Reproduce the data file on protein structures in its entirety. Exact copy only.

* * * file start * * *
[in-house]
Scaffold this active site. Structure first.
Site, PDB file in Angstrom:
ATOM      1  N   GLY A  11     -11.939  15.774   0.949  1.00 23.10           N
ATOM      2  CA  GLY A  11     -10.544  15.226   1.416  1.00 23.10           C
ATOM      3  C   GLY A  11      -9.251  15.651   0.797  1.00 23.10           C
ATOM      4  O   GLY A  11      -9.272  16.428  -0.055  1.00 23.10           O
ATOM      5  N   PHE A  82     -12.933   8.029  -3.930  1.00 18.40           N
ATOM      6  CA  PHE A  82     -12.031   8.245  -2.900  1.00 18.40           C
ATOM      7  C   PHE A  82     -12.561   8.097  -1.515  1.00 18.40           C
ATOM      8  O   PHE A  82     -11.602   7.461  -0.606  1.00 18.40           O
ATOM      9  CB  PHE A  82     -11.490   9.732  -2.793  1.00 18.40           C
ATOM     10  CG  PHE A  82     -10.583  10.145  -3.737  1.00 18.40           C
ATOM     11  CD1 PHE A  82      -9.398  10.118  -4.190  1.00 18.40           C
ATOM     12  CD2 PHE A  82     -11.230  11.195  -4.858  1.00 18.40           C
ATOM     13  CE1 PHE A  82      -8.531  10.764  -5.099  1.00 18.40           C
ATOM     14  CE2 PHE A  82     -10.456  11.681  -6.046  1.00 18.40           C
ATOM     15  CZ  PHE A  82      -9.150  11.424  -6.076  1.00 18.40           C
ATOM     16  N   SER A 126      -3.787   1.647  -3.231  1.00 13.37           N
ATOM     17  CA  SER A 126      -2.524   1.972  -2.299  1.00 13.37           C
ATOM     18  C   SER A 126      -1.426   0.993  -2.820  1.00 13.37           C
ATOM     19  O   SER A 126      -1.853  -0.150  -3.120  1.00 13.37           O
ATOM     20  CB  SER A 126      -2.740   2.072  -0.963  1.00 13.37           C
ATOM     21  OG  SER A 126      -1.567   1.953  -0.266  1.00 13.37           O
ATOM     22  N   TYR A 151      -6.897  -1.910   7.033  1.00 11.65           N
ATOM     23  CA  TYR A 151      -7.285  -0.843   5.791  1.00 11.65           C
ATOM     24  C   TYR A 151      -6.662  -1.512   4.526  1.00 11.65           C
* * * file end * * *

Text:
[in-house]
Scaffold this active site. Structure first.
Site, PDB file in Angstrom:
ATOM      1  N   GLY A  11     -11.939  15.774   0.949  1.00 23.10           N
ATOM      2  CA  GLY A  11     -10.544  15.226   1.416  1.00 23.10           C
ATOM      3  C   GLY A  11      -9.251  15.651   0.797  1.00 23.10           C
ATOM      4  O   GLY A  11      -9.272  16.428  -0.055  1.00 23.10           O
ATOM      5  N   PHE A  82     -12.933   8.029  -3.930  1.00 18.40           N
ATOM      6  CA  PHE A  82     -12.031   8.245  -2.900  1.00 18.40           C
ATOM      7  C   PHE A  82     -12.561   8.097  -1.515  1.00 18.40           C
ATOM      8  O   PHE A  82     -11.602   7.461  -0.606  1.00 18.40           O
ATOM      9  CB  PHE A  82     -11.490   9.732  -2.793  1.00 18.40           C
ATOM     10  CG  PHE A  82     -10.583  10.145  -3.737  1.00 18.40           C
ATOM     11  CD1 PHE A  82      -9.398  10.118  -4.190  1.00 18.40           C
ATOM     12  CD2 PHE A  82     -11.230  11.195  -4.858  1.00 18.40           C
ATOM     13  CE1 PHE A  82      -8.531  10.764  -5.099  1.00 18.40           C
ATOM     14  CE2 PHE A  82     -10.456  11.681  -6.046  1.00 18.40           C
ATOM     15  CZ  PHE A  82      -9.150  11.424  -6.076  1.00 18.40           C
ATOM     16  N   SER A 126      -3.787   1.647  -3.231  1.00 13.37           N
ATOM     17  CA  SER A 126      -2.524   1.972  -2.299  1.00 13.37           C
ATOM     18  C   SER A 126      -1.426   0.993  -2.820  1.00 13.37           C
ATOM     19  O   SER A 126      -1.853  -0.150  -3.120  1.00 13.37           O
ATOM     20  CB  SER A 126      -2.740   2.072  -0.963  1.00 13.37           C
ATOM     21  OG  SER A 126      -1.567   1.953  -0.266  1.00 13.37           O
ATOM     22  N   TYR A 151      -6.897  -1.910   7.033  1.00 11.65           N
ATOM     23  CA  TYR A 151      -7.285  -0.843   5.791  1.00 11.65           C
ATOM     24  C   TYR A 151      -6.662  -1.512   4.526  1.00 11.65           C